China’s National People’s Congress (NPC) recently voted to abolish the administrative punishment system known as “laojiao” or re-education through labor (RETL). The vote for approval came at the earlier recommendation of the NPC’s Standing Committee. A draft of the proposal had been submitted to the Standing Committee for consideration by the State Council after the close of the Third Plenary Session of the 18th Chinese Communist Party’s Central Committee last November. Approval by the NPC is necessary in order for the proposal to have the legal standing to be implemented.
In the Chinese criminal justice system, a person may be charged with either a crime under the Criminal Code; a violation of an administrative regulation or a special violation resulting in RETL.
A public security bureau (PSB) is generally the lead actor in determining how a person is charged. If a person is charged with a crime, the PSB must forward the case to the procuratorate for resolution of the case which most likely will occur at court before a judge. If a person is charged with a violation, the administrative powers granted to the PSB, allow it to determine a punishment without input from a judge or procuratorate. The maximum penalty for violation of an administrative regulation is 15 days in administrative detention. The only way a case may be reviewed under an administrative law proceeding brought either before the next highest level of PSB or the city/county/provincial government that oversees the PSB who issued the penalty is when a person charged with a violation decides to appeal the penalty. If, for instance, a city PSB issued the administrative penalty, the accused could appeal to either the county PSB or the county executive. However, because the time needed to file, schedule and argue an appeal will, in most cases, take longer than 15 days, a defendant will only appeal if the penalty was simply a fine.
While what constitutes a “crime” is clearly set out in China’s Criminal Code, according to several criminal attorneys I’ve interviewed, what constitutes an administrative violation is not very specific and is subject to the absolute discretion of the charging PSB official. Even more confusing are the special cases of RETL.
RETL was first officially established in 1957 and later amended in 1979. It began as an administrative substitute for the criminal court system. According to several legal experts, RETL was initially an effective alternative to incarceration. In those days, just after the founding of the People’s Republic of China, there were few if any criminal procedures in place to determine how to charge, investigate and punish minor or petty crimes. Most decisions on punishment were made by a “special committee” of party leaders. Some crimes such as “possession of illicit drugs” were considered minor violations because the possessor was seen both as a violator and a victim-addict himself. Moreover, since China was a poor, mainly agricultural society, the idea of incarcerating perpetrators of minor violations and petty crimes, was considered a waste of a valuable labor resource. Most believed it would be better to punish such violators by putting them to work in a factory or working the land on a farm. Under this system, not only could violators be controlled and rehabilitated, but more importantly they would not be a “drag” on society. Furthermore, violators could give back and help the community rather than be shunned by society.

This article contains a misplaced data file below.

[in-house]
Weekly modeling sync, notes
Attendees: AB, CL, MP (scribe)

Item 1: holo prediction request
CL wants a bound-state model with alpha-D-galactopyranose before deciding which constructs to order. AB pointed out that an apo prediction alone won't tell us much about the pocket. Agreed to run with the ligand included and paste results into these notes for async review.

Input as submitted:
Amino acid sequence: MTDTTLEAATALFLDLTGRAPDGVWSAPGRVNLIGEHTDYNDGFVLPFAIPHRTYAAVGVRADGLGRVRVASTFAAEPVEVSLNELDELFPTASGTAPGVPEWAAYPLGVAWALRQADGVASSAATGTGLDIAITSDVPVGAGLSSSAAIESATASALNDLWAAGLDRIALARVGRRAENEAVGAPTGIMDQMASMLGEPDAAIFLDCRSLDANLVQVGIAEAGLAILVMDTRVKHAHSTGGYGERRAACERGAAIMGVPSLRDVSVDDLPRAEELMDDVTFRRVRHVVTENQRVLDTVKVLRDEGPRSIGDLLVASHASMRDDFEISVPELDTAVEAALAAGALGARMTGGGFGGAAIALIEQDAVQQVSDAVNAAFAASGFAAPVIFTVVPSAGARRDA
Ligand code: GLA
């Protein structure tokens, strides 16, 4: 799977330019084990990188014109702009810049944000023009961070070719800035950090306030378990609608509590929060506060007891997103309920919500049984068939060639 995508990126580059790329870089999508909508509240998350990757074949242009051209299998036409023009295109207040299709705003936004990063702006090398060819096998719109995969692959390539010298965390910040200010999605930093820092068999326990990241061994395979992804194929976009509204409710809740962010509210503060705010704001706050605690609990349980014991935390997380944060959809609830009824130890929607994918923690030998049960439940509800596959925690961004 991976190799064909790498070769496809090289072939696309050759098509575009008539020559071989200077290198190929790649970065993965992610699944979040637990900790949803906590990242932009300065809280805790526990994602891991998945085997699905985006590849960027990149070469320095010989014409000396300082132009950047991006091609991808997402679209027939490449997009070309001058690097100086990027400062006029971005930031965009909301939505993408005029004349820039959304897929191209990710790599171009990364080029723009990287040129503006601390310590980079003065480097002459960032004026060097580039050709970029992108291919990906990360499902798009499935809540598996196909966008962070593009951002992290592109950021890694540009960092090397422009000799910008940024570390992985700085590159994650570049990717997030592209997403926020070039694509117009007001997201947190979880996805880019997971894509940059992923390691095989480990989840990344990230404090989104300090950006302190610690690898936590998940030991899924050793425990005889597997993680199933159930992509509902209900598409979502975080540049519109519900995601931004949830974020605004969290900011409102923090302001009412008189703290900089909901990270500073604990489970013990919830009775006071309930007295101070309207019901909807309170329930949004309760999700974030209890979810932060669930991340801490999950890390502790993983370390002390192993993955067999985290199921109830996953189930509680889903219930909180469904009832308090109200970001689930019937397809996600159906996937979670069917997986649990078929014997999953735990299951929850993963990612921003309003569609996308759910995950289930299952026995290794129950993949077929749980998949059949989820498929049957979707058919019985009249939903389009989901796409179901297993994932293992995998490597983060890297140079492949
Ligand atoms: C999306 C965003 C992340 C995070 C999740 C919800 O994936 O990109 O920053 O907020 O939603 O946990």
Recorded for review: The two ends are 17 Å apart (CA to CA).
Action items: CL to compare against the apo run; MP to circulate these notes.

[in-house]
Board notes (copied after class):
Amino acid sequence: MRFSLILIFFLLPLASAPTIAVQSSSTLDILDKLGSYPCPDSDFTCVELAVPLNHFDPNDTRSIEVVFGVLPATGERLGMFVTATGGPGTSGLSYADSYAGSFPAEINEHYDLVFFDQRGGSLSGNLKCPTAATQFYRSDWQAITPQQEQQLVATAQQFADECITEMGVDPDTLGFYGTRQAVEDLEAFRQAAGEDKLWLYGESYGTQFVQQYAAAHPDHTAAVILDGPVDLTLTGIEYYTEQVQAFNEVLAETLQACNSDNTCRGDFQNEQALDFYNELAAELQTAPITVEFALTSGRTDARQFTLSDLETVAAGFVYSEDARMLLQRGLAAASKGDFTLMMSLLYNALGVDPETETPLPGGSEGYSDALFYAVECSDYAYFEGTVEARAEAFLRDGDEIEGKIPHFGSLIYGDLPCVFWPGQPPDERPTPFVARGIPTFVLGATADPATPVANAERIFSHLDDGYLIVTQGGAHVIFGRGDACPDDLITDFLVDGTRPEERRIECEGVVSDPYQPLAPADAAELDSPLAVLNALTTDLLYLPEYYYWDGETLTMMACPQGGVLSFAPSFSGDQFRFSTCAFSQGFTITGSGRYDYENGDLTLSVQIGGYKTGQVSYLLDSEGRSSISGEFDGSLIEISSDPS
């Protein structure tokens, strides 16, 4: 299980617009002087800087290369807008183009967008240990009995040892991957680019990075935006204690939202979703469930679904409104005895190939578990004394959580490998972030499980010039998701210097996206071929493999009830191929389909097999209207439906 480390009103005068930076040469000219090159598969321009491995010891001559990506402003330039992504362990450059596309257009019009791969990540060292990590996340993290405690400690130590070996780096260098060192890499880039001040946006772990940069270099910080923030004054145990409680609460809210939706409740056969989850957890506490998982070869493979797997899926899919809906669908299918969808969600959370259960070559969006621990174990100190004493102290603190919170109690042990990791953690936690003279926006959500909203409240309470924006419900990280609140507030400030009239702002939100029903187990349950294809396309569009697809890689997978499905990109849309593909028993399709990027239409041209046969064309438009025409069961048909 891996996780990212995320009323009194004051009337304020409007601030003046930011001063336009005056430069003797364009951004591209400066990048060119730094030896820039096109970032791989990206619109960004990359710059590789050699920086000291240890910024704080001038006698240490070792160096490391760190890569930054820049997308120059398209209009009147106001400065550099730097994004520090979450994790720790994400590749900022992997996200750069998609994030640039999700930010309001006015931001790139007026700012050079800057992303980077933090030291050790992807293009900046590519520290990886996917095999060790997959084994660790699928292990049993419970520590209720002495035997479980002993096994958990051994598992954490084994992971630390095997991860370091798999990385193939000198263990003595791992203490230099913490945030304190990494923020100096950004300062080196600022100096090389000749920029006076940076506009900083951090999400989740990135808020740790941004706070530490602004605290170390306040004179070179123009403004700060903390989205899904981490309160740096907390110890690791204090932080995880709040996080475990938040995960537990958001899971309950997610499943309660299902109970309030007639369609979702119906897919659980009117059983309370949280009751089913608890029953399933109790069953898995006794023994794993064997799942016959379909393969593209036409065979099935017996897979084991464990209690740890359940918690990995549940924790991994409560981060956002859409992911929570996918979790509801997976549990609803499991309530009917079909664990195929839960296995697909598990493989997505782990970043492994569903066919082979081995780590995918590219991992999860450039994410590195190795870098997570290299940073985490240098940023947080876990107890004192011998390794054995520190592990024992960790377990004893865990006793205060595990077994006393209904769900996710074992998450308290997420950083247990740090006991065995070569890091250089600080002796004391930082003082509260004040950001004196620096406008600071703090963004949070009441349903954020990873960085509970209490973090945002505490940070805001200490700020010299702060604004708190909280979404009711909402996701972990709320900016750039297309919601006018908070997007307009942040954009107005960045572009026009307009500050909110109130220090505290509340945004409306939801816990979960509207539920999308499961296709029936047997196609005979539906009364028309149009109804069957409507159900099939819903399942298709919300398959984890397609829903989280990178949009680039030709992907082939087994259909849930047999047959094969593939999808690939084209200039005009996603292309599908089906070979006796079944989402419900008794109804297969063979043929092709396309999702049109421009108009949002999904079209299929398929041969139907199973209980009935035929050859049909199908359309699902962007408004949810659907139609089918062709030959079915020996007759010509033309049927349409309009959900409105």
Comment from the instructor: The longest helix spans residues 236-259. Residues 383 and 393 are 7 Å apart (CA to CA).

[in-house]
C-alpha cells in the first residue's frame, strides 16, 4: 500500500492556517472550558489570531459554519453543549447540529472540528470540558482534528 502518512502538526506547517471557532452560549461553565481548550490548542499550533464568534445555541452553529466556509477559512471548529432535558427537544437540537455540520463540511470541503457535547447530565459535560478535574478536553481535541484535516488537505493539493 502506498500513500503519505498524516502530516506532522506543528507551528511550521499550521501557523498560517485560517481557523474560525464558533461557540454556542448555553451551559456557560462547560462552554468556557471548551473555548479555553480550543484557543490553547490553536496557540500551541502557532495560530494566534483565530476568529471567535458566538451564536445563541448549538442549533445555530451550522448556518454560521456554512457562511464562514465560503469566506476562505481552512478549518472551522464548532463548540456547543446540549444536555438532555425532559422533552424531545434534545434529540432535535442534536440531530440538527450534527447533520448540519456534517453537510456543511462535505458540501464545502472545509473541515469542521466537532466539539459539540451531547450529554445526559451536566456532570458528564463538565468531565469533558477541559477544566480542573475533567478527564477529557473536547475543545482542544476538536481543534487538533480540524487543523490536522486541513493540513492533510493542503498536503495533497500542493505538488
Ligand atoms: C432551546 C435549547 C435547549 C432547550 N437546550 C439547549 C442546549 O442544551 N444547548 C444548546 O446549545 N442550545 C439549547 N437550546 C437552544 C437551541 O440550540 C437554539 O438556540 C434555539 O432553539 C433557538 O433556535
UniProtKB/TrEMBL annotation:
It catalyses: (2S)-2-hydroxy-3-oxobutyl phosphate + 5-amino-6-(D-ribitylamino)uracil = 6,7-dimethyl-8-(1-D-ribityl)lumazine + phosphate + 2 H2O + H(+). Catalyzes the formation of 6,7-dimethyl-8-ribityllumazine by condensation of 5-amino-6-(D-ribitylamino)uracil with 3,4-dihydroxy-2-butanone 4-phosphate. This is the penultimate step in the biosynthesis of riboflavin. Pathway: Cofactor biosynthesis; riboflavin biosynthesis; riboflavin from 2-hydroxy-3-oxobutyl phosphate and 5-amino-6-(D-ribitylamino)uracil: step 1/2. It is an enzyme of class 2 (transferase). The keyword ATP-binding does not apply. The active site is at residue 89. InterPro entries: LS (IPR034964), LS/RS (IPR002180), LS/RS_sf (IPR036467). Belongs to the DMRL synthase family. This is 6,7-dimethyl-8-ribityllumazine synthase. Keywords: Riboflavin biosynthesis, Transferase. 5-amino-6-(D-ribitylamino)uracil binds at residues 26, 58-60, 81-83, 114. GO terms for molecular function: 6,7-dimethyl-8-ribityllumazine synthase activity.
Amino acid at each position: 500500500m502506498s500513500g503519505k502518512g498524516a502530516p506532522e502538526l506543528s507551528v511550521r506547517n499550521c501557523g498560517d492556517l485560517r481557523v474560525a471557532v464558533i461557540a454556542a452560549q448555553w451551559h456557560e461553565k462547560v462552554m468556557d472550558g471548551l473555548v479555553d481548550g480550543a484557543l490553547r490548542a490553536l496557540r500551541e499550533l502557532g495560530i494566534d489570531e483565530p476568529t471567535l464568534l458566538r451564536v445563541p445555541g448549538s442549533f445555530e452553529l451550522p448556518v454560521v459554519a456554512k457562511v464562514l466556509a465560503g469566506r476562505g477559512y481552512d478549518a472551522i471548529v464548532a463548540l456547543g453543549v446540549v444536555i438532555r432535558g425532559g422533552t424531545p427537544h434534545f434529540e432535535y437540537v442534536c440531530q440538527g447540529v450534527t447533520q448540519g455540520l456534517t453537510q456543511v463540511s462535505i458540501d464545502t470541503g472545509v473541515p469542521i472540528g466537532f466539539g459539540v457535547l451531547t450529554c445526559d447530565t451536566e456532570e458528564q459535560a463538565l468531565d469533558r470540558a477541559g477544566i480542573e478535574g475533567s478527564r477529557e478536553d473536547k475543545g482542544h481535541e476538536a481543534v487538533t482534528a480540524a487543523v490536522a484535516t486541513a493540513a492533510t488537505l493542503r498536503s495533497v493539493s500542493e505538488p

Unfortunately, that originally progressive idea of rehabilitation has changed in modern times. Because there was no centralized decision-making body responsible for regulating RETL, authority to impose RETL was later given to individual PSB offices. The result has been the creation of a patchwork of RETL systems with no consistent procedures except that PSB officials were given the ultimate power to determine when a person can be detained.
Now, for cases that the PSB wants full control over without “interference” from a procuratorate or judge, RETL was the ultimate weapon. RETL is purely a PSB decision and is not subject to review by the courts, lawyers or the procuratorate. Since there have been no constitutional defects found in its use, if sentenced to RETL, for all intents and purposes, you have no rights to appeal the punishment. You are, as one lawyer said to me, “finished.” Moreover, the PSB can sentence an individual for up to three years in RETL without providing an explanation as to why three years was chosen over one or two. Significantly, those detained under RETL are housed in facilities outside the jurisdiction of the general prison system.
The Chinese Ministry of Justice has estimated that 160,000 people have received RETL but according to the Congressional-Executive Commission on China, unofficial estimates “range from 190,000 to 2 million individuals.”
No one that I asked really understands how a decision for RETL gets made but several suggested that the original “special committee” model of the past is most likely the method. But besides PSB officials, no one I spoke to knows who else might be on these committees. Furthermore, everyone said that for all the complaints about the RETL, people very high up must feel that it still serves a useful purpose or else it would have been abolished years ago.
Apparently, whatever useful purpose RETL may have had, that is now no longer the case. According to the China Daily, during this week’s hearings on the draft proposal to abolish RETL, members of the Standing Committee stated that although they acknowledged the usefulness of RETL “in safeguarding public security, maintaining social stability and correcting offenders,” it has nevertheless become “obsolete” in a modern Chinese society based on the rule of law.
Marcel A. Green is an attorney and legal researcher specializing in American and Chinese Criminal Law.